Friday, 29 January 2010
Khunying Valee, whose passion for roses got the whole Rose Garden complex started, never played around in her life. Sorry, that should be 'never played a round in her life.' She wasn't a golfer. But that didn't stop her envisioning an 18-hole championship golf course as something that would complete the Rose Garden's checklist of attractions.
So in 1972, she could be seen on hands and knees planting flowers and supervising the instasllation of the grass fairways. She insisted that acacias, casuarinas, rain trees and mahogany, among others, would in the long run add a picturesque uniqueness to the course, not to mention affording much-desired shade for golfers who strayed to the edges of the fairways.
The club was opened by none other than Thailand's first lady golfer, Her Majesty Queen Rambhai Bharni, consort of the late Rama V11.
'But the idea is not to make the clubhouse like a palace,' explains Khun Kris who takes us to the club. 'Rather we want it to be welcoming enough, but focus on the athletes.' He's right about that, the red-brick clubhouse is far from palatial. He introduces us to club manager Khun Chukiat, himself a golfer who plays off a four handicap (my handicap is usually just turning up to play).
Chukiat is an affable gent who gladly piles us into a buggy to drive us around and show us his course. It's early but already a queue of buggies is lined up with their cargo of Japanese and local golfers. 'Their company pays for them,' explains Kris of the Japanese. 'It keeps them away from Patpong.' (Well, they can always go there after the golf I think to myself.)
Another thing I think to myself is that there have probably not been so many Japanese in this area since 1943 when the Thai-Burma Railway was in full swing.
Some of the club's 300 caddies, in bright yellow shirts and funny red conical hats, mill around getting things prepared. Caddy #1, who started in 1972, still works here. She'd know the course pretty well by now.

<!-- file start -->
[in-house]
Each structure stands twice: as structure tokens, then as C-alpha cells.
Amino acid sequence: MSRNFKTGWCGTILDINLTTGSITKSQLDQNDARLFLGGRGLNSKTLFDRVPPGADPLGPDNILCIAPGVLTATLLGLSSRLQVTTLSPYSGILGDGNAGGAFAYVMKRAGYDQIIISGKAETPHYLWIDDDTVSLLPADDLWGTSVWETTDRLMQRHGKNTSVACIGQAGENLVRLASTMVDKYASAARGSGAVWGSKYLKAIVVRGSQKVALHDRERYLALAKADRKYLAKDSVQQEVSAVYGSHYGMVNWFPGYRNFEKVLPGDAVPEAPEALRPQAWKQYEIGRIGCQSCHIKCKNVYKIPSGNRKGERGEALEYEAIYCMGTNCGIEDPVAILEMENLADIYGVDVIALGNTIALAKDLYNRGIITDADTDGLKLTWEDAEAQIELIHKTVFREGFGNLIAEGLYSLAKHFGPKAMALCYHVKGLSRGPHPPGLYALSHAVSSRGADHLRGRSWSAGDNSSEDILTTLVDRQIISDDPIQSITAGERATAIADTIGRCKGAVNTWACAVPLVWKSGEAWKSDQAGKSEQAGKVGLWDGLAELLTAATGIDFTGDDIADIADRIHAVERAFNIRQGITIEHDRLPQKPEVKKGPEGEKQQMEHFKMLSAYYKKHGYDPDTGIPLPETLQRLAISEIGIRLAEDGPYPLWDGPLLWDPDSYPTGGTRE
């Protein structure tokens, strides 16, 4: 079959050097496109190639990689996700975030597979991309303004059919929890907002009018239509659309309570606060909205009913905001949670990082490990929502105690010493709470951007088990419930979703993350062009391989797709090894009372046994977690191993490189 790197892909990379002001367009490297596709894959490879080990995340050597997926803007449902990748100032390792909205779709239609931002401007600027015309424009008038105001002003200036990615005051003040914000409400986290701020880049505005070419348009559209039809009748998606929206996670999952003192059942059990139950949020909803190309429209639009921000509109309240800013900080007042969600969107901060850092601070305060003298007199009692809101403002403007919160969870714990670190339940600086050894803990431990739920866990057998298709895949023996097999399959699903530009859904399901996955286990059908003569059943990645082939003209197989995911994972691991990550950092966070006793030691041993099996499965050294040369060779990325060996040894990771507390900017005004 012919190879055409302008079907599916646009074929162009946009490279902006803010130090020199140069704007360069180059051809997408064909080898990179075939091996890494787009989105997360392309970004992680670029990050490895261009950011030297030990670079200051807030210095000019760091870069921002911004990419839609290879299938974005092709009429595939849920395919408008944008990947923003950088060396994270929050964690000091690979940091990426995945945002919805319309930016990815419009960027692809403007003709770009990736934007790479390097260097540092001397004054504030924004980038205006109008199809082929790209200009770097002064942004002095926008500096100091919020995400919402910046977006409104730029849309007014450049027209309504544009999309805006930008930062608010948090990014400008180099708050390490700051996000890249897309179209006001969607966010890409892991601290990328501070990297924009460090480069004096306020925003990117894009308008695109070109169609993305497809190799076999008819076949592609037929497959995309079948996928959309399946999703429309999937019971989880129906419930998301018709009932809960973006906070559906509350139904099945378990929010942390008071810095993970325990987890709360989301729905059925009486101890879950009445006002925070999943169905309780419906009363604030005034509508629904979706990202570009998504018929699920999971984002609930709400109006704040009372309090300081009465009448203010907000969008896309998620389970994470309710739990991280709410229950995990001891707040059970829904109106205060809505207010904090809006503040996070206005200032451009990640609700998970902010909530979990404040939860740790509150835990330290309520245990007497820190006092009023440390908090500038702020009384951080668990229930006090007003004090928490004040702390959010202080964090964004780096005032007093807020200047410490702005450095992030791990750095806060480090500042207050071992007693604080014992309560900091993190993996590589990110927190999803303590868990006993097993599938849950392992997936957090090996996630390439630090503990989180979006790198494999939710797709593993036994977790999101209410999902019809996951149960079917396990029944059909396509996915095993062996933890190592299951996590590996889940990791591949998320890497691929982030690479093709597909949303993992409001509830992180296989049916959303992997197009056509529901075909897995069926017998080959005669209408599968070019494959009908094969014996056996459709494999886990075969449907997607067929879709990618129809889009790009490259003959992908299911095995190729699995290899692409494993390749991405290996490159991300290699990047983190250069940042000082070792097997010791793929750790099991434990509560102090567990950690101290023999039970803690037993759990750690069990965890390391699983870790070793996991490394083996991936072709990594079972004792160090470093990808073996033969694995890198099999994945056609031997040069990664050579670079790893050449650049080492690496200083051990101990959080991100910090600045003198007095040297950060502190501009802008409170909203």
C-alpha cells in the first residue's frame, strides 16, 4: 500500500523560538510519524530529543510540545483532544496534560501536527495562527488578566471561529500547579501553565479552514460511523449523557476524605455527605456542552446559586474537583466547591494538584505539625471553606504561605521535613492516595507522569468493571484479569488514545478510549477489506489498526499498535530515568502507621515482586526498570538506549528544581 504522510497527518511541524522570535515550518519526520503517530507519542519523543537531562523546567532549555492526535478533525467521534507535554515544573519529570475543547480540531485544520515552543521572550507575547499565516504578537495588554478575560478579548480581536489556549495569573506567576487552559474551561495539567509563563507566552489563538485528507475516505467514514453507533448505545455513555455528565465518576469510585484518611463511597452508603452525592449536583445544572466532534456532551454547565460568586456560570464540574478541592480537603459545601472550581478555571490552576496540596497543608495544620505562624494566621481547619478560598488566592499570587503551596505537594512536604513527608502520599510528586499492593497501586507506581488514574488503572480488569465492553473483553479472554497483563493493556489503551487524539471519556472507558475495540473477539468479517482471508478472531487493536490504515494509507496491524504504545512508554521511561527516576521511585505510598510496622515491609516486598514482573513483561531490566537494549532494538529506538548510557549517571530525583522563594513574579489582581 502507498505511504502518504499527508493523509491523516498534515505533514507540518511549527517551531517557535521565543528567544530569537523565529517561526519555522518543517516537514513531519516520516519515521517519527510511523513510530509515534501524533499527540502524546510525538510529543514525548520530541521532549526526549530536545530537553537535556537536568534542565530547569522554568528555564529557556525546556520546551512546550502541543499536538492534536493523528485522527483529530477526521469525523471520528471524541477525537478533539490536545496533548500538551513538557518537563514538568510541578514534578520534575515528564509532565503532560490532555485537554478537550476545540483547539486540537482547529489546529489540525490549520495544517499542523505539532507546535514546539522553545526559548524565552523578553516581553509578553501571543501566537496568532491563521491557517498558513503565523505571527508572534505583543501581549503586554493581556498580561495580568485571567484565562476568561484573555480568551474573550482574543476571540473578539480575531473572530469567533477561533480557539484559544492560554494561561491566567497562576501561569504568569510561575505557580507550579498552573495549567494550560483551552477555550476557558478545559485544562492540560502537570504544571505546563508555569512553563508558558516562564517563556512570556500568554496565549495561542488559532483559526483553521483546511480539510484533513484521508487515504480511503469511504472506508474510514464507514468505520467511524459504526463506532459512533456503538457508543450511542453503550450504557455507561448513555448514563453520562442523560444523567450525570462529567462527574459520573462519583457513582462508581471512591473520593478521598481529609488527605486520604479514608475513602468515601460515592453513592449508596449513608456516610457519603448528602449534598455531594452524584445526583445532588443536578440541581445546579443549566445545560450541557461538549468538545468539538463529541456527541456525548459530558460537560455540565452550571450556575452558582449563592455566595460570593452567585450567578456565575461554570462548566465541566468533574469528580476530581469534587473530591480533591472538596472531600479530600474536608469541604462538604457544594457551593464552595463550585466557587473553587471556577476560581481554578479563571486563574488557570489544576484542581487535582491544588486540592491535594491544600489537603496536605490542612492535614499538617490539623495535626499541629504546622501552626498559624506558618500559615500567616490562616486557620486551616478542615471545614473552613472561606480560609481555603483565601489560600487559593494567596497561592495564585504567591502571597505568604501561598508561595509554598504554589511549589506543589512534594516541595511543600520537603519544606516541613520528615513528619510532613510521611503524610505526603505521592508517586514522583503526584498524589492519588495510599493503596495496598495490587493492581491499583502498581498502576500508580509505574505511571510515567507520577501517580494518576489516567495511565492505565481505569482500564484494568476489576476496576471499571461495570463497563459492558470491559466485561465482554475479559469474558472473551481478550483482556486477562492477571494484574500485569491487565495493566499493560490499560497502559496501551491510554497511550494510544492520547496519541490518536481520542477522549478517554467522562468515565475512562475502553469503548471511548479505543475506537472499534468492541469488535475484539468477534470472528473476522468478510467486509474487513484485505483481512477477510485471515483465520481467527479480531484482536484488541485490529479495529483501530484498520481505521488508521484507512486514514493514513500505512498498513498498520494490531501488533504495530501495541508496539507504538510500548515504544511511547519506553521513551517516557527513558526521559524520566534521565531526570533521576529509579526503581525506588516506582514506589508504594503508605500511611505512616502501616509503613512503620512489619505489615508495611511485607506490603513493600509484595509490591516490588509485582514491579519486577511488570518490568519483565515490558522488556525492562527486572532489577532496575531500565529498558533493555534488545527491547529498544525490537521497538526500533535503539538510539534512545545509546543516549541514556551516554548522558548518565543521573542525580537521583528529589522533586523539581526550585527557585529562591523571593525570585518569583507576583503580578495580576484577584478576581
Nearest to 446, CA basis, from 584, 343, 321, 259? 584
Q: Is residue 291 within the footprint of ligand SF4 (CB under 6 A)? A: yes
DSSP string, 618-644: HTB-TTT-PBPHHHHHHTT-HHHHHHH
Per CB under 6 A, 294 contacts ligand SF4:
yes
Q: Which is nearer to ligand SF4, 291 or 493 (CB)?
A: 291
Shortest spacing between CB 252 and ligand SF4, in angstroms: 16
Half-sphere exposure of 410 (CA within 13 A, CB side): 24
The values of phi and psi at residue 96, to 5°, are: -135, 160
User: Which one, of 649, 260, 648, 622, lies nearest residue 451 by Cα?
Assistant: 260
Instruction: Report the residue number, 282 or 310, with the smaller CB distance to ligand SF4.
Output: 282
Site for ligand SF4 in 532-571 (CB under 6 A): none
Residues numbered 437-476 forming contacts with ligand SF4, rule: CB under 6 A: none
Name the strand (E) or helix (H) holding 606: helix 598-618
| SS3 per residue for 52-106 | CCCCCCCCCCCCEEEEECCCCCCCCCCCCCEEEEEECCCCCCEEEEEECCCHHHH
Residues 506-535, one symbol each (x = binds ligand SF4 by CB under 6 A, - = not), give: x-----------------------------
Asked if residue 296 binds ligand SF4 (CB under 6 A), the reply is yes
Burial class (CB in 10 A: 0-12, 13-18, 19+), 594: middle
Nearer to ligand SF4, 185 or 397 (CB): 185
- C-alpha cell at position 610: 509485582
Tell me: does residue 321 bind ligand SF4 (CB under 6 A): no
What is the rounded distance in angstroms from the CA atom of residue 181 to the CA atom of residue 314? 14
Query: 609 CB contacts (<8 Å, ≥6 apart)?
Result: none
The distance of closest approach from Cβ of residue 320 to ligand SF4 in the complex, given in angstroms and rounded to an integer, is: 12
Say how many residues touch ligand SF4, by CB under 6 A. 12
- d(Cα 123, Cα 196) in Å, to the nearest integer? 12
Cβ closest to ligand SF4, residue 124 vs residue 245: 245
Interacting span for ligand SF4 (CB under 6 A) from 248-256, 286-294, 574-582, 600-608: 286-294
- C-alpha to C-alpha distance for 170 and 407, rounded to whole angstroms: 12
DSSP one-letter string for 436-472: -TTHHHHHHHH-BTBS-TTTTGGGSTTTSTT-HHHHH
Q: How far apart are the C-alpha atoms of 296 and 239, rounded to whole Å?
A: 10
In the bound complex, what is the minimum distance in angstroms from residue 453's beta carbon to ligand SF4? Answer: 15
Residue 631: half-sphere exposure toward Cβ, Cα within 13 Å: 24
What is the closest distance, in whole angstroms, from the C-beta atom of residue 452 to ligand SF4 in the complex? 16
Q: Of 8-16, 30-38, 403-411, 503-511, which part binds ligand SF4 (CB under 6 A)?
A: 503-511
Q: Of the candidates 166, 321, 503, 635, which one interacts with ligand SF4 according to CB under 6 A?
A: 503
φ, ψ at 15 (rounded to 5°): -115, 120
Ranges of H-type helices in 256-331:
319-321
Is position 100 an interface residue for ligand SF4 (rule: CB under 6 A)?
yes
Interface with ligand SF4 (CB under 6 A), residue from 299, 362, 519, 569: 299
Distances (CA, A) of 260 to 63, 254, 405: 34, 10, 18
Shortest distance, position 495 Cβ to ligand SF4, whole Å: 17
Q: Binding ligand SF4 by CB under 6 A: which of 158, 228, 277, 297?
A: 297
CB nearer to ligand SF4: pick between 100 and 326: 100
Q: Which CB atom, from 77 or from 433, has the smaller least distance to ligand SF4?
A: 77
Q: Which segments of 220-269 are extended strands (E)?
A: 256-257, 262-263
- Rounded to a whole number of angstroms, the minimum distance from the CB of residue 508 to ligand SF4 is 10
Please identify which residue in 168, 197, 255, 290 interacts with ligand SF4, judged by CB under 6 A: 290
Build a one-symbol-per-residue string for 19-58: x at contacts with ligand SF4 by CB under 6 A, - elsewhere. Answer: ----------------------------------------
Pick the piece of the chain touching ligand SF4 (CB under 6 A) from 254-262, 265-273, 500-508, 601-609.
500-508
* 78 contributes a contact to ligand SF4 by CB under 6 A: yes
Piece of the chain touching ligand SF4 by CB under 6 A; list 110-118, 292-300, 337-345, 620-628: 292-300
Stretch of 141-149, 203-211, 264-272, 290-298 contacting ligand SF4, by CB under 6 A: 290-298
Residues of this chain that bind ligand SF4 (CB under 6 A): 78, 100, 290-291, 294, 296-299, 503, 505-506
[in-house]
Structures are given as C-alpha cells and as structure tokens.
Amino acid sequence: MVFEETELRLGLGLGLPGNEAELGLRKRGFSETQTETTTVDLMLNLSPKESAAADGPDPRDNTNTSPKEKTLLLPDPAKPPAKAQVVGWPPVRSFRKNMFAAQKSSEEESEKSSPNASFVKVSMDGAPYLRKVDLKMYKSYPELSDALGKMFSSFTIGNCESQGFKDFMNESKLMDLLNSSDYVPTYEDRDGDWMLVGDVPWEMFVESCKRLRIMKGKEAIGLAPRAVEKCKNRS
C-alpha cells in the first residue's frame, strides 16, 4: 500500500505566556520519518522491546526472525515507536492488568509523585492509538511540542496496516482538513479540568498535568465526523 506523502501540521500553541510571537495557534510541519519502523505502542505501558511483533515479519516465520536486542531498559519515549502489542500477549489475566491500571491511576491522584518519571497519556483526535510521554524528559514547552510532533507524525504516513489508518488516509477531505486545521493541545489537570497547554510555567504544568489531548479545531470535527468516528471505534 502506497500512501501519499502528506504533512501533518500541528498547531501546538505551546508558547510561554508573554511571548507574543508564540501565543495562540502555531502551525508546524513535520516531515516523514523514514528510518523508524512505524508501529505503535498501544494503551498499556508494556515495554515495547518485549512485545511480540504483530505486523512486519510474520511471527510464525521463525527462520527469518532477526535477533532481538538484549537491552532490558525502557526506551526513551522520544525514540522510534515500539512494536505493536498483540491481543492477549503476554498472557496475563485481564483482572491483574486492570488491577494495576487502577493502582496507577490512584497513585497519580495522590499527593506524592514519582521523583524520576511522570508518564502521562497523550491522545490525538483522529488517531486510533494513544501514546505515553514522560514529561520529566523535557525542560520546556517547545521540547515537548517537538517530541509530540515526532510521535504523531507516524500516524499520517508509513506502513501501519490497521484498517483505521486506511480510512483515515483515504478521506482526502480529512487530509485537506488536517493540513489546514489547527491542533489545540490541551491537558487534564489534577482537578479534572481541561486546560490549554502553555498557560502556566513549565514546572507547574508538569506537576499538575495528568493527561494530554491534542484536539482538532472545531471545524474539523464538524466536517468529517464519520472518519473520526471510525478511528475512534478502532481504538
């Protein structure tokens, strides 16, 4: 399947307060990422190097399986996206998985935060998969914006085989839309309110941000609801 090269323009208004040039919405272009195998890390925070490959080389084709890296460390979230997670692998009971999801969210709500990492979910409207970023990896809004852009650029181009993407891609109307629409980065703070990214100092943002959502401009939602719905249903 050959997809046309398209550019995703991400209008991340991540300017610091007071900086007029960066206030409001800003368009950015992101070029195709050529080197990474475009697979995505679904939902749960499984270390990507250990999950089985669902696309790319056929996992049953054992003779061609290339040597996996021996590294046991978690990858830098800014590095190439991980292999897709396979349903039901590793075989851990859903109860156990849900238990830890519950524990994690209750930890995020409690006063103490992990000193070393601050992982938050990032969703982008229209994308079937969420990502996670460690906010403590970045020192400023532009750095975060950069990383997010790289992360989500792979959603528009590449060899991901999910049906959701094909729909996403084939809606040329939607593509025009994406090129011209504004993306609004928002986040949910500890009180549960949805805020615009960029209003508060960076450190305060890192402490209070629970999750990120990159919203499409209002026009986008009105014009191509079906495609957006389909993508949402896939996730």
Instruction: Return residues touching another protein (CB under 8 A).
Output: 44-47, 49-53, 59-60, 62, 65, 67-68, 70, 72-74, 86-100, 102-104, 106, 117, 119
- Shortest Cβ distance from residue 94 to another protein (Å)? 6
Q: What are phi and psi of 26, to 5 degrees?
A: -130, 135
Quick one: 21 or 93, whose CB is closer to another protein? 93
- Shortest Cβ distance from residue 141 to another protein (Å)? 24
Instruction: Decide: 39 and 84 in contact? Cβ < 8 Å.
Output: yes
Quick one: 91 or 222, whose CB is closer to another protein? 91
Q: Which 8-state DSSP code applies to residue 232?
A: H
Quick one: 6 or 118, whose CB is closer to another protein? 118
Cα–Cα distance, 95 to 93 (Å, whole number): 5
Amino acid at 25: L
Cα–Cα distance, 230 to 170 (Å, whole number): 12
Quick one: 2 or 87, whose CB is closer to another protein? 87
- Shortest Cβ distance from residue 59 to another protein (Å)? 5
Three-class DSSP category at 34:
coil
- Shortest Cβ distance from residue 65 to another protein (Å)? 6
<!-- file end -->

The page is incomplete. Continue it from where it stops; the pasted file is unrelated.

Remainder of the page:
It is indeed beautiful. Nice and flat for a start, with fairways lined by palms and pink blossoms, and all those trees Khunying Valee planted are now mature and stately, lending an air of establishment to the course. British magazine Golf Monthly gushed: 'The Rose Garden course offers perfect relaxation and serenity in one of the most attractive floral settings imaginable.'
But the bouquets (geddit?) don't stop there ...
It also named this course as one of the top 25 in the world. Golf Magazine in the USA placed it in the top 24 in 1993. Conde Nast Traveller Australia in 2003 put it as one of the best 15 courses in the world. All this for just 1500 baht green fees, too.
With the whirr-whirr-whirr of irrigation sprays, and bird calls, and fragrant flowers on the breeze, it's certainly a calming course (much needed if you play like me).
Chukiat shows us the courses signature hole, a long 590m par 5 hole off the blue tees. It is a stunning vista, where one tees off across the water, down the fairway with its greenbelt either side. He then points out that each and every hole has twin greens. Jing jing!
What a fantastic idea, I think. A choice of holes, like a billiard table. Or two chances of sinking your ball. Brilliant! Maybe even a mug golfer like me has got some kind of chance. He soon cuts my fantasy short by explaining it's purely for rotation purposes to conserve the green.